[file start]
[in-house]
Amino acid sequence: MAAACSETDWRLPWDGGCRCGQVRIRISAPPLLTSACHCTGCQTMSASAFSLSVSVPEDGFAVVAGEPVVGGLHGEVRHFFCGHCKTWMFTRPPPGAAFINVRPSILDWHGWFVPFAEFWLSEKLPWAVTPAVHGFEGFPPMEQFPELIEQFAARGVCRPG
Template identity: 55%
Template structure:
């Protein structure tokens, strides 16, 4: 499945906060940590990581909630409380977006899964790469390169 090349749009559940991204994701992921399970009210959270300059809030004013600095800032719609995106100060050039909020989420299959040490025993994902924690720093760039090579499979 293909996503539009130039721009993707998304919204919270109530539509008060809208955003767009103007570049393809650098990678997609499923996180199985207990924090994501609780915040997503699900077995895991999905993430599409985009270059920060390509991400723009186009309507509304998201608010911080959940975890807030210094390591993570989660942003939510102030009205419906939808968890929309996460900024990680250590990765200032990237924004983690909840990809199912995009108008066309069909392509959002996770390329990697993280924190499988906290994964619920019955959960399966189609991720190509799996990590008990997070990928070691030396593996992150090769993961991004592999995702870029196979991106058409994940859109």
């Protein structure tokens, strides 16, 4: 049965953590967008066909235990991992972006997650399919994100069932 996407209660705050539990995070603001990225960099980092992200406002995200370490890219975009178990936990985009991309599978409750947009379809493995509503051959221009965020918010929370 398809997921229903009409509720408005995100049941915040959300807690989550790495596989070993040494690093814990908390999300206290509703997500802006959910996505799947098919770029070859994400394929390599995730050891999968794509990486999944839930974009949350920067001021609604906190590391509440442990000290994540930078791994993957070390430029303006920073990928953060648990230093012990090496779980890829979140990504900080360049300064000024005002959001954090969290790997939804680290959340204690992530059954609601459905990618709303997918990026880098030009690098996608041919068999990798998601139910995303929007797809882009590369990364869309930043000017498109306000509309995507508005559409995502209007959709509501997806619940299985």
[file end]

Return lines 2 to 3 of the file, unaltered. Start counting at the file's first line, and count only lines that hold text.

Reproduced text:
Amino acid sequence: MAAACSETDWRLPWDGGCRCGQVRIRISAPPLLTSACHCTGCQTMSASAFSLSVSVPEDGFAVVAGEPVVGGLHGEVRHFFCGHCKTWMFTRPPPGAAFINVRPSILDWHGWFVPFAEFWLSEKLPWAVTPAVHGFEGFPPMEQFPELIEQFAARGVCRPG
Template identity: 55%